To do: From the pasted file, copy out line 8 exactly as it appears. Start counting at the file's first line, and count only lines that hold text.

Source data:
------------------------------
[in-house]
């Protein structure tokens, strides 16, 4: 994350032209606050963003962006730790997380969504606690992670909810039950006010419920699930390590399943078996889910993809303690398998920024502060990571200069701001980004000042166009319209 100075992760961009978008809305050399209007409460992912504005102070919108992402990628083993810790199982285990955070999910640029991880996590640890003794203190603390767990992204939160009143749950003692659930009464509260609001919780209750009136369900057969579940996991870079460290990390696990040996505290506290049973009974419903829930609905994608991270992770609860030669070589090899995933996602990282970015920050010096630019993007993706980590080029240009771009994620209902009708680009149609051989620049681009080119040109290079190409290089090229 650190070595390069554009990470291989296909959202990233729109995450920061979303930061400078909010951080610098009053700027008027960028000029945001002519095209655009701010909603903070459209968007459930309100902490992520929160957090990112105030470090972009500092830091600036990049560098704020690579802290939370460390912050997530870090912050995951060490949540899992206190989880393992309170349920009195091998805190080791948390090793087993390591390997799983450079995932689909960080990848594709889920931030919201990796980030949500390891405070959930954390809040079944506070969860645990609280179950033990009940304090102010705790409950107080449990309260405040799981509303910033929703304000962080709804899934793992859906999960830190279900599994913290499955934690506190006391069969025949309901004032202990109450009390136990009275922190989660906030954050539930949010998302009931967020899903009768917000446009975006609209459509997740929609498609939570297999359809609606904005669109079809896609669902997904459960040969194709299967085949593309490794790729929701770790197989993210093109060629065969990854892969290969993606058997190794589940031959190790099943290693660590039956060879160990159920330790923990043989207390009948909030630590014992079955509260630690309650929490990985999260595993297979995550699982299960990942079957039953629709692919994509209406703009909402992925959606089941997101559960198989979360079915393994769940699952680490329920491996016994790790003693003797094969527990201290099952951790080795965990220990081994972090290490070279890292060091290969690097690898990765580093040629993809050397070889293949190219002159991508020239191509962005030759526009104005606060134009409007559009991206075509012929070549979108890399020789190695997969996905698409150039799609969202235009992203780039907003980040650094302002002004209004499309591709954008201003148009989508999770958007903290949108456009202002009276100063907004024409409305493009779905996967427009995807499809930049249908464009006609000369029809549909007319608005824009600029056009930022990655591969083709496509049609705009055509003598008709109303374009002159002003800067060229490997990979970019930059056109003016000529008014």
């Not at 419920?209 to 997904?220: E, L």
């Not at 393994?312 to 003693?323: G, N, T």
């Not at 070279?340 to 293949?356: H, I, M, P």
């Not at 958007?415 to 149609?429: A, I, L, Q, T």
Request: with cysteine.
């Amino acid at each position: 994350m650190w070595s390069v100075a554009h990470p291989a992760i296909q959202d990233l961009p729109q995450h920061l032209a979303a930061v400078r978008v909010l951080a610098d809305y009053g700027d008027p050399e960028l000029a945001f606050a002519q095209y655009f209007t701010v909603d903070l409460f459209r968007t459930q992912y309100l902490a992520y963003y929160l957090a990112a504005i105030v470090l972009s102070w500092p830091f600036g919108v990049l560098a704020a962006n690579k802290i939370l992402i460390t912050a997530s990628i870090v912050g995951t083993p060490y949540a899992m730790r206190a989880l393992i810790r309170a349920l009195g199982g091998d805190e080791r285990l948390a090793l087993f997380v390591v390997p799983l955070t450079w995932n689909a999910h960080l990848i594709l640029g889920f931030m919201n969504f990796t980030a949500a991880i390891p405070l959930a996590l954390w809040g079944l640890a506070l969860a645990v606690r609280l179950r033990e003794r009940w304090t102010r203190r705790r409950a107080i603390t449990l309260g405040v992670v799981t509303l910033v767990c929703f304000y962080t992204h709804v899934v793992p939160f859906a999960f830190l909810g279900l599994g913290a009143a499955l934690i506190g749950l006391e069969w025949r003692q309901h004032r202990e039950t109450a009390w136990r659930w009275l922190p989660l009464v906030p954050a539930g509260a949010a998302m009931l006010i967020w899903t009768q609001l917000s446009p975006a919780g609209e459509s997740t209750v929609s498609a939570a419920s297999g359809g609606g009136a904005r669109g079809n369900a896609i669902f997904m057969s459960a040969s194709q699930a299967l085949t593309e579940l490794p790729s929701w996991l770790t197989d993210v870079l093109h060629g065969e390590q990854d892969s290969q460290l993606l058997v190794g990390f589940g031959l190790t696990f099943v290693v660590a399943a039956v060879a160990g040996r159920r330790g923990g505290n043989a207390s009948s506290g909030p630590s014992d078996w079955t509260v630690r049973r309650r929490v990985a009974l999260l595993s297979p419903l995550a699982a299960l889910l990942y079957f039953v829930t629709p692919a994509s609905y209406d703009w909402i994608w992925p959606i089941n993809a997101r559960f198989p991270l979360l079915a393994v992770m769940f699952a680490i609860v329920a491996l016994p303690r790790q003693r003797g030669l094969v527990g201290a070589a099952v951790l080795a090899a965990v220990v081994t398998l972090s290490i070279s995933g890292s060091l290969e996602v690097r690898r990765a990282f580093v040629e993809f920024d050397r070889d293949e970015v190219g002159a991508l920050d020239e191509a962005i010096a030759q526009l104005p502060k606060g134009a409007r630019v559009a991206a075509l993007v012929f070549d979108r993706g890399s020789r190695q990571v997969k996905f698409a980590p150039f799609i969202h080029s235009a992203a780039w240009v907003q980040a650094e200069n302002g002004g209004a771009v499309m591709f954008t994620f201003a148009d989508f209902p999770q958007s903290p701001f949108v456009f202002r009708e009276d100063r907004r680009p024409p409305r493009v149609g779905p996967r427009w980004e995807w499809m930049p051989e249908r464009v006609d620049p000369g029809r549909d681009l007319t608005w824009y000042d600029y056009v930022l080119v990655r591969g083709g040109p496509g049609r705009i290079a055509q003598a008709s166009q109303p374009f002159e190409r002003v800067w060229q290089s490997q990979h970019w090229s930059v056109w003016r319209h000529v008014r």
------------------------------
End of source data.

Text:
């Amino acid at each position: 994350m650190w070595s390069v100075a554009h990470p291989a992760i296909q959202d990233l961009p729109q995450h920061l032209a979303a930061v400078r978008v909010l951080a610098d809305y009053g700027d008027p050399e960028l000029a945001f606050a002519q095209y655009f209007t701010v909603d903070l409460f459209r968007t459930q992912y309100l902490a992520y963003y929160l957090a990112a504005i105030v470090l972009s102070w500092p830091f600036g919108v990049l560098a704020a962006n690579k802290i939370l992402i460390t912050a997530s990628i870090v912050g995951t083993p060490y949540a899992m730790r206190a989880l393992i810790r309170a349920l009195g199982g091998d805190e080791r285990l948390a090793l087993f997380v390591v390997p799983l955070t450079w995932n689909a999910h960080l990848i594709l640029g889920f931030m919201n969504f990796t980030a949500a991880i390891p405070l959930a996590l954390w809040g079944l640890a506070l969860a645990v606690r609280l179950r033990e003794r009940w304090t102010r203190r705790r409950a107080i603390t449990l309260g405040v992670v799981t509303l910033v767990c929703f304000y962080t992204h709804v899934v793992p939160f859906a999960f830190l909810g279900l599994g913290a009143a499955l934690i506190g749950l006391e069969w025949r003692q309901h004032r202990e039950t109450a009390w136990r659930w009275l922190p989660l009464v906030p954050a539930g509260a949010a998302m009931l006010i967020w899903t009768q609001l917000s446009p975006a919780g609209e459509s997740t209750v929609s498609a939570a419920s297999g359809g609606g009136a904005r669109g079809n369900a896609i669902f997904m057969s459960a040969s194709q699930a299967l085949t593309e579940l490794p790729s929701w996991l770790t197989d993210v870079l093109h060629g065969e390590q990854d892969s290969q460290l993606l058997v190794g990390f589940g031959l190790t696990f099943v290693v660590a399943a039956v060879a160990g040996r159920r330790g923990g505290n043989a207390s009948s506290g909030p630590s014992d078996w079955t509260v630690r049973r309650r929490v990985a009974l999260l595993s297979p419903l995550a699982a299960l889910l990942y079957f039953v829930t629709p692919a994509s609905y209406d703009w909402i994608w992925p959606i089941n993809a997101r559960f198989p991270l979360l079915a393994v992770m769940f699952a680490i609860v329920a491996l016994p303690r790790q003693r003797g030669l094969v527990g201290a070589a099952v951790l080795a090899a965990v220990v081994t398998l972090s290490i070279s995933g890292s060091l290969e996602v690097r690898r990765a990282f580093v040629e993809f920024d050397r070889d293949e970015v190219g002159a991508l920050d020239e191509a962005i010096a030759q526009l104005p502060k606060g134009a409007r630019v559009a991206a075509l993007v012929f070549d979108r993706g890399s020789r190695q990571v997969k996905f698409a980590p150039f799609i969202h080029s235009a992203a780039w240009v907003q980040a650094e200069n302002g002004g209004a771009v499309m591709f954008t994620f201003a148009d989508f209902p999770q958007s903290p701001f949108v456009f202002r009708e009276d100063r907004r680009p024409p409305r493009v149609g779905p996967r427009w980004e995807w499809m930049p051989e249908r464009v006609d620049p000369g029809r549909d681009l007319t608005w824009y000042d600029y056009v930022l080119v990655r591969g083709g040109p496509g049609r705009i290079a055509q003598a008709s166009q109303p374009f002159e190409r002003v800067w060229q290089s490997q990979h970019w090229s930059v056109w003016r319209h000529v008014r």